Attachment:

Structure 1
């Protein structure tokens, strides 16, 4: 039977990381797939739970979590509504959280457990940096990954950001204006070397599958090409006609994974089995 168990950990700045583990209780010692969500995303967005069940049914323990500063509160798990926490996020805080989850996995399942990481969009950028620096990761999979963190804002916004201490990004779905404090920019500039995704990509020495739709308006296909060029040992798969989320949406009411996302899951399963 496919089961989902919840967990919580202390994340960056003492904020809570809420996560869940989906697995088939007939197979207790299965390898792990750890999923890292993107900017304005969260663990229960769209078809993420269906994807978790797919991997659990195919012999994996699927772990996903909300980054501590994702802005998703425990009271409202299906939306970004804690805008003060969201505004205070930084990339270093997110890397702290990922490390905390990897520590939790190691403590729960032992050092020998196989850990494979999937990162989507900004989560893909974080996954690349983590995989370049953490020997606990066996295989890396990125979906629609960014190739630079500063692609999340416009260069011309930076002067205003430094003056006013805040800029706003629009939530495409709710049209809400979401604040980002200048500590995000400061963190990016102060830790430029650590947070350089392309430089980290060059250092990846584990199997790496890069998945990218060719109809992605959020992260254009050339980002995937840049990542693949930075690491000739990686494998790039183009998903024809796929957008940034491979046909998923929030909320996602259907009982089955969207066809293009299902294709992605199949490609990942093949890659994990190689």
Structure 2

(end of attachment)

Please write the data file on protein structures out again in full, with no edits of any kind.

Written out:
Structure 1
């Protein structure tokens, strides 16, 4: 039977990381797939739970979590509504959280457990940096990954950001204006070397599958090409006609994974089995 168990950990700045583990209780010692969500995303967005069940049914323990500063509160798990926490996020805080989850996995399942990481969009950028620096990761999979963190804002916004201490990004779905404090920019500039995704990509020495739709308006296909060029040992798969989320949406009411996302899951399963 496919089961989902919840967990919580202390994340960056003492904020809570809420996560869940989906697995088939007939197979207790299965390898792990750890999923890292993107900017304005969260663990229960769209078809993420269906994807978790797919991997659990195919012999994996699927772990996903909300980054501590994702802005998703425990009271409202299906939306970004804690805008003060969201505004205070930084990339270093997110890397702290990922490390905390990897520590939790190691403590729960032992050092020998196989850990494979999937990162989507900004989560893909974080996954690349983590995989370049953490020997606990066996295989890396990125979906629609960014190739630079500063692609999340416009260069011309930076002067205003430094003056006013805040800029706003629009939530495409709710049209809400979401604040980002200048500590995000400061963190990016102060830790430029650590947070350089392309430089980290060059250092990846584990199997790496890069998945990218060719109809992605959020992260254009050339980002995937840049990542693949930075690491000739990686494998790039183009998903024809796929957008940034491979046909998923929030909320996602259907009982089955969207066809293009299902294709992605199949490609990942093949890659994990190689």
Structure 2